Testing may need to occur more often in a problem situation where the water quality is dynamic (e.g. high nitrates, salinity, etc.). Research important regional water issues. For example, high levels of iron can be a problem in some areas. The iron precipitates out in the irrigation lines and plugs emitters. Contact local experts such as your UC Farm Advisor, irrigation company, PCA, consultant or analytical laboratory for more information.

Soil Water-holding Capacity in Regards to Irrigation Scheduling

Be aware of the possibility of soil type variation in your vineyard and how it may affect actual soil water-holding capacity. It may be prudent to have soil moisture sensors installed in the vineyard and know the readings that indicate field capacity. If the readings indicate less than field capacity at the beginning of the season then you can initiate irrigation earlier to compensate.

Soil water holding capacity: Water in the soil occupies the soil pores or spaces in between soil particles. The largest pores allow water to pass through filling smaller pores. After irrigation, gravitational forces pull water out of the large pores, leaving water held in the soil only by the attraction of the small pores. Clayey soils have very small pores and will hold more total water per unit volume than sandier soils which have larger pores.

Table 5.1. Relationship between soil texture and water content.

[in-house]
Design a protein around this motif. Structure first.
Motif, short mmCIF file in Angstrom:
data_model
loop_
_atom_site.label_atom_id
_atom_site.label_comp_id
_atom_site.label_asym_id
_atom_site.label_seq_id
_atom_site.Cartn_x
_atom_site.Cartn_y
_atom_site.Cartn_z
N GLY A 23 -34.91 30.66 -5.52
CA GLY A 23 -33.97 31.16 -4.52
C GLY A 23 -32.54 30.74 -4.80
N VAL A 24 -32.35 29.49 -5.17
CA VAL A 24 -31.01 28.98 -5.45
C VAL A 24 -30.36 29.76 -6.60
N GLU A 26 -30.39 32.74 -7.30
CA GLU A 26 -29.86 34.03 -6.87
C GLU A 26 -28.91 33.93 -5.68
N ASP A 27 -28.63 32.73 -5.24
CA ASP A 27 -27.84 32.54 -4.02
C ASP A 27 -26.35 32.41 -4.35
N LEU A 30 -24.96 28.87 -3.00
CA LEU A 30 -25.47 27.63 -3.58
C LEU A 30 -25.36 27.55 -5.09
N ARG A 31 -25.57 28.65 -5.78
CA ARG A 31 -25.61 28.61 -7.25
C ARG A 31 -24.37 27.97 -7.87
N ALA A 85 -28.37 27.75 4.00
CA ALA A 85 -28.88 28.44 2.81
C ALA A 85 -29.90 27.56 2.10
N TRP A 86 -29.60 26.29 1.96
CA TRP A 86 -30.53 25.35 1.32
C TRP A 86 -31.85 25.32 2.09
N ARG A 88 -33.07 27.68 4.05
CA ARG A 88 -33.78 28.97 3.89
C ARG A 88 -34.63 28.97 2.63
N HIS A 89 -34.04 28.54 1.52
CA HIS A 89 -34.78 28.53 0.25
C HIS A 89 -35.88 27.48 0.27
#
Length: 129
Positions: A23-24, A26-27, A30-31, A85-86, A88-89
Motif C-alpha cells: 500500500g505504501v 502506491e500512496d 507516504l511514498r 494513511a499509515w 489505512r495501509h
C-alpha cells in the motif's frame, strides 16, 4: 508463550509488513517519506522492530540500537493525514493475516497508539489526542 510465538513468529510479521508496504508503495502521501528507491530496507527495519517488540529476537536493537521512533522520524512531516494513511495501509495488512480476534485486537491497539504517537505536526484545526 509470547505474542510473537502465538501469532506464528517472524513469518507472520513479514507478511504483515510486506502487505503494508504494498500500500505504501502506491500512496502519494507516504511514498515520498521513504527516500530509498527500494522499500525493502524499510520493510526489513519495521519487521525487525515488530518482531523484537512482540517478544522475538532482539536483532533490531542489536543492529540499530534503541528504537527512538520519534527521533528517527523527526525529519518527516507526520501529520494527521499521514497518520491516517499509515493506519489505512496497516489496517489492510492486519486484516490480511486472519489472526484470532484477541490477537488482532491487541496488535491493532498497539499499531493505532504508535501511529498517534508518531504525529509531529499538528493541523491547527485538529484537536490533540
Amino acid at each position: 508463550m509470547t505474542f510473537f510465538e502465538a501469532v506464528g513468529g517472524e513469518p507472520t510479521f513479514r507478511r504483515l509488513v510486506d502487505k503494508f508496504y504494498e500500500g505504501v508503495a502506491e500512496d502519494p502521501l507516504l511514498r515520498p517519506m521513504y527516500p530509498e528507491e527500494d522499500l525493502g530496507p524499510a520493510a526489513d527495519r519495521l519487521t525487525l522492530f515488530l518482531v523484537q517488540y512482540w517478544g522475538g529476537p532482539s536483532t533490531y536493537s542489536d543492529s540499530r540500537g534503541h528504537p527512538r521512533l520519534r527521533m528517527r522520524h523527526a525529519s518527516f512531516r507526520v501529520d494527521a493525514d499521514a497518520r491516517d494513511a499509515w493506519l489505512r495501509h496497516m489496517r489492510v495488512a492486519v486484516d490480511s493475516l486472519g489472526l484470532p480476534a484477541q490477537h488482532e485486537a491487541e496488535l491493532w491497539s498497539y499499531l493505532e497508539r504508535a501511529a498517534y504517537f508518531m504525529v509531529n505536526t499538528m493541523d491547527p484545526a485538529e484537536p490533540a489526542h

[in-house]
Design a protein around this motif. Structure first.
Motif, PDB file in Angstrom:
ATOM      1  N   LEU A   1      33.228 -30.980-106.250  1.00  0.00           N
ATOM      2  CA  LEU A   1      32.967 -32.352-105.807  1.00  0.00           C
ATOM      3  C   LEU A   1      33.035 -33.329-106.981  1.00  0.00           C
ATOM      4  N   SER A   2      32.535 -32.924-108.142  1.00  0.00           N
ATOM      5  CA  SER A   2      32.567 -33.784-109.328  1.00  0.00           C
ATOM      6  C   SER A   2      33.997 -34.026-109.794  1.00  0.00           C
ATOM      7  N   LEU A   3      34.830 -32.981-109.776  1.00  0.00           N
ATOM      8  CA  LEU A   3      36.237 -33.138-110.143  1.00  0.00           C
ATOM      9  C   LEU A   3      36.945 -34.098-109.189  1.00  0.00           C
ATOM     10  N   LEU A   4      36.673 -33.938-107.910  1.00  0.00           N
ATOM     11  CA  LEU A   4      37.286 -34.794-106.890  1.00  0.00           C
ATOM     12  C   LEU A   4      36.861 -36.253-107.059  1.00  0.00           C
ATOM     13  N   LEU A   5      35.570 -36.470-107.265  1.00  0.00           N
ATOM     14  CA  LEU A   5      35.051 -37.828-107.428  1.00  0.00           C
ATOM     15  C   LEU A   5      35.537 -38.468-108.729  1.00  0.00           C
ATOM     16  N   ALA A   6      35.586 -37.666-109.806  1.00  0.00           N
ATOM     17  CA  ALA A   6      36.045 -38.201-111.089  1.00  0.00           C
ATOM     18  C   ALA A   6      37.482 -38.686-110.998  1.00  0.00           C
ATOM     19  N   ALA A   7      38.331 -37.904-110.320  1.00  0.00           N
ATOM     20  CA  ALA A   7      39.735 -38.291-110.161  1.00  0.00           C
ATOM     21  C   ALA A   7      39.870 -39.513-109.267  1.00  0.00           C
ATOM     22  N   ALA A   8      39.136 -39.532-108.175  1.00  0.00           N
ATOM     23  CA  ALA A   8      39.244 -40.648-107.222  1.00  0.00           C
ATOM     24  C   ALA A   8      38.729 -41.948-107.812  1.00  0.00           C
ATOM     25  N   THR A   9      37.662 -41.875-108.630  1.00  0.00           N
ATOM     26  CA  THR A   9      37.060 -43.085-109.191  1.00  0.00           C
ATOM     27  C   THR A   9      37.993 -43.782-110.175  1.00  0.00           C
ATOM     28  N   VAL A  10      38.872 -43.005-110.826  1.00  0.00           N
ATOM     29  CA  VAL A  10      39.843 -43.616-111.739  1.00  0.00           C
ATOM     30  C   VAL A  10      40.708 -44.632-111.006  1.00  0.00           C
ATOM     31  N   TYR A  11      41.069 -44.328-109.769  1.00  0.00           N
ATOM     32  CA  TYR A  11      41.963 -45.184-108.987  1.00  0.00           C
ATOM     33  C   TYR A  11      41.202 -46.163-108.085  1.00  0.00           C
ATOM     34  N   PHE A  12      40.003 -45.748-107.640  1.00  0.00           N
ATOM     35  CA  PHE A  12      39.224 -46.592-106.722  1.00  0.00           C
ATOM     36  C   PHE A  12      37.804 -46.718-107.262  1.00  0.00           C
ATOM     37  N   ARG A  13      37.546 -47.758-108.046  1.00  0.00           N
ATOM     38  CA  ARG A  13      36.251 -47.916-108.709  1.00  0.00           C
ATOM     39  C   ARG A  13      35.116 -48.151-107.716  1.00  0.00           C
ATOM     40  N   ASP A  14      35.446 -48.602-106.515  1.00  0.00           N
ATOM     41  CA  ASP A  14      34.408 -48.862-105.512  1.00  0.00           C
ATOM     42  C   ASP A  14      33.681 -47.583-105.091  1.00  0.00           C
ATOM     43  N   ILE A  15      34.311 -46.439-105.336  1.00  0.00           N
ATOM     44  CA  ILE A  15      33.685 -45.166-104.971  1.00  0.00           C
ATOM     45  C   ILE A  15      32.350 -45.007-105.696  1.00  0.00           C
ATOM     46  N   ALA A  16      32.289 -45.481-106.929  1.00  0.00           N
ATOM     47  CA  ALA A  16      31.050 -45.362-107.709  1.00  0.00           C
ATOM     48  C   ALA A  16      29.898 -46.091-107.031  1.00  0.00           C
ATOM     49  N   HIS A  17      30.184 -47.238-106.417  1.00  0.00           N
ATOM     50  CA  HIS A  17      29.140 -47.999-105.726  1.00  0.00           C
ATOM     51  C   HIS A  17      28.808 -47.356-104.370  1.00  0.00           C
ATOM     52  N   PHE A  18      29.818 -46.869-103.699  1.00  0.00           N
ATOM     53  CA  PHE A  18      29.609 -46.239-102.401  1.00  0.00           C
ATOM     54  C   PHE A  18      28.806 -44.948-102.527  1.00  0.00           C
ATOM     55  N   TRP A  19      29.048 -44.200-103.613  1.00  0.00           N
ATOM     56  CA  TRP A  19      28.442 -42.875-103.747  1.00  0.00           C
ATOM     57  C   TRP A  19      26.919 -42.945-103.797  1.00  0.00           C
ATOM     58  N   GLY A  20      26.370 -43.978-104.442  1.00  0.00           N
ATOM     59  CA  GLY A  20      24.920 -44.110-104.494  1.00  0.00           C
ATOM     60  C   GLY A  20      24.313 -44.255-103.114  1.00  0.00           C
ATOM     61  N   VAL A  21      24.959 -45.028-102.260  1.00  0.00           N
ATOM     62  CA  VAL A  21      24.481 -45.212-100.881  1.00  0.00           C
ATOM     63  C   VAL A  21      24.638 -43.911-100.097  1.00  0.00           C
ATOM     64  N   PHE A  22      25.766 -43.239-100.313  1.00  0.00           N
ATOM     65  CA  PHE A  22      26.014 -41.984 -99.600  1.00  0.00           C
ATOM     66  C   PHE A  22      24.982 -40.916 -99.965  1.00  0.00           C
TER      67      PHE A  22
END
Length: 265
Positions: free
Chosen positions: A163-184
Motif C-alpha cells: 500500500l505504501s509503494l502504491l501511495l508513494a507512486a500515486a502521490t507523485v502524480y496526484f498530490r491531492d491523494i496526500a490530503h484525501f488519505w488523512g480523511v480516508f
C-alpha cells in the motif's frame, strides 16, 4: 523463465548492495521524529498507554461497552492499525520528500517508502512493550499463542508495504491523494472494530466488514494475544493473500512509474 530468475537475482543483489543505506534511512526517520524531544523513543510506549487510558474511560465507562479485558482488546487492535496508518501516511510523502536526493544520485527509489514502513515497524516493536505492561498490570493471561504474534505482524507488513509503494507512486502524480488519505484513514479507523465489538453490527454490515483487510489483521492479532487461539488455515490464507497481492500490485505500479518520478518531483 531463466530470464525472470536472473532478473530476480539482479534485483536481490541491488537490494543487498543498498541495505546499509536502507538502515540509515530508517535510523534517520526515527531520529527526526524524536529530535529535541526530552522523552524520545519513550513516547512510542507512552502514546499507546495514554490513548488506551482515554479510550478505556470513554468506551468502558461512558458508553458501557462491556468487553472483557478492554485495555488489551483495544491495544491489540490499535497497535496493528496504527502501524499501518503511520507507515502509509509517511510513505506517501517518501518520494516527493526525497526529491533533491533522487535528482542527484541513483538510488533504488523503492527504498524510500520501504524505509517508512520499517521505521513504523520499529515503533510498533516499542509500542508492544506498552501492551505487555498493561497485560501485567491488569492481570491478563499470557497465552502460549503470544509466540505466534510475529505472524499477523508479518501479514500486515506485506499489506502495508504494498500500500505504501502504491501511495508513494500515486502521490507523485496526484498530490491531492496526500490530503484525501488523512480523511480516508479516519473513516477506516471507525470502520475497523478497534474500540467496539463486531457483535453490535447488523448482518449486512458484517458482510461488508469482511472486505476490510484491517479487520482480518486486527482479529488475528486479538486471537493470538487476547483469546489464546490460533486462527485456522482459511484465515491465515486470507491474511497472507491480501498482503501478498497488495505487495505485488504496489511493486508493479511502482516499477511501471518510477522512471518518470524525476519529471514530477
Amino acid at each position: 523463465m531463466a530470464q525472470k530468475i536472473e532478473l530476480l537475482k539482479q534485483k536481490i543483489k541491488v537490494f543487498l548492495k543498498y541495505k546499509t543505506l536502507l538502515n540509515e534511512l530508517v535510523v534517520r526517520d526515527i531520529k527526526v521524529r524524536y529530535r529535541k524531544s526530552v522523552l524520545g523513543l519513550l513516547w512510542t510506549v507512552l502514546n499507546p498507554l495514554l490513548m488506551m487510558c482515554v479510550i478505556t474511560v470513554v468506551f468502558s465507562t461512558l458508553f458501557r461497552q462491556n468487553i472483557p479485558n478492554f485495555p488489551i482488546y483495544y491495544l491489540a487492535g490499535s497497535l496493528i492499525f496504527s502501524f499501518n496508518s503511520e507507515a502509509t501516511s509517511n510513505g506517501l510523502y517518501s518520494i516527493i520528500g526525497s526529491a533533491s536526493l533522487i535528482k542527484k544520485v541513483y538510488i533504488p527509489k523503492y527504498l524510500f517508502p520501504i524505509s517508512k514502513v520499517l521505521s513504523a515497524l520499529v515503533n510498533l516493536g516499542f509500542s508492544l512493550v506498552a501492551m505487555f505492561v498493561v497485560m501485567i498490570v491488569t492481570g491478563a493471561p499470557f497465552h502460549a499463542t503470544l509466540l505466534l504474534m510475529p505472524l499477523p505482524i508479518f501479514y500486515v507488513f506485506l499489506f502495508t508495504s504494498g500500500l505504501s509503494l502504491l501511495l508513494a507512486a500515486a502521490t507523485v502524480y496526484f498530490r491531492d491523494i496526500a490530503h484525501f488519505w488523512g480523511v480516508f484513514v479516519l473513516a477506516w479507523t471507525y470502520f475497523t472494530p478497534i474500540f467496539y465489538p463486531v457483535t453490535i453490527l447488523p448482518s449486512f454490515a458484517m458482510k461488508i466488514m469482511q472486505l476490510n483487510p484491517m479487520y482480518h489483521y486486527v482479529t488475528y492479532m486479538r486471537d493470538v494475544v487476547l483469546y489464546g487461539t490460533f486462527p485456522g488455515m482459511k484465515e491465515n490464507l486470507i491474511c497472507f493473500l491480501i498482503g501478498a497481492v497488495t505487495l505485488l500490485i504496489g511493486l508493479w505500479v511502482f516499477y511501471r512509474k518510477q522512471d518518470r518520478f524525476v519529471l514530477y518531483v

Table 5.1. Relationship between soil texture and water content.

Following a complete soil wetting and subsequent de-watering of the large pores, a typical soil will have about 50% of the pore space filled with water and 50% with air. This condition is called the field capacity or “the full point”. Soils begin to dry from evaporation and vine water use to a point where water becomes too difficult for roots to extract it (“dry point”). Available water holding capacity is the difference between the wet point and dry point. The water available to the entire root zone is determined by multiplying the soil moisture (inches of water per foot of soil) by the root zone depth. Figure 5.1 and Table 5.1 illustrate the relationship between soil texture and available water content. Note that when vines are using the first half of the available water no vine water stress is expected. During use of the last half, water stress is expected and increases as the dry point is approached. Available water increases as soil textures move from sandy towards clayey textures maximizing at a silt loam texture. As soils further increase in clay content, they hold more total water but less of the water is available due to the clay’s ability to hold the water too tightly for the vine to extract.

Soil and Plant Monitoring

No one soil moisture monitoring method is the best. Each technique and device has advantages and disadvantages depending on the use of the measurement. However, since deficit irrigation strategies require a quantitative measurement of soil moisture (used to calculate applied water volumes), neutron probes or dielectric sensors are preferred. Not appropriate for this use: tensiometers, electrical resistance blocks, and the soil feel method. However they are useful for monitoring soil moisture status.

Neutron Probe measures soil water content via a tube placed in the soil. It uses high speed neutrons that bounce off water particles and are captured by a detector placed at different soil depths.

Neutron Probe measures soil water content via a tube placed in the soil. It uses high speed neutrons that bounce off water particles and are captured by a detector placed at different soil depths.

Vine water deficits caused by reduced soil water availability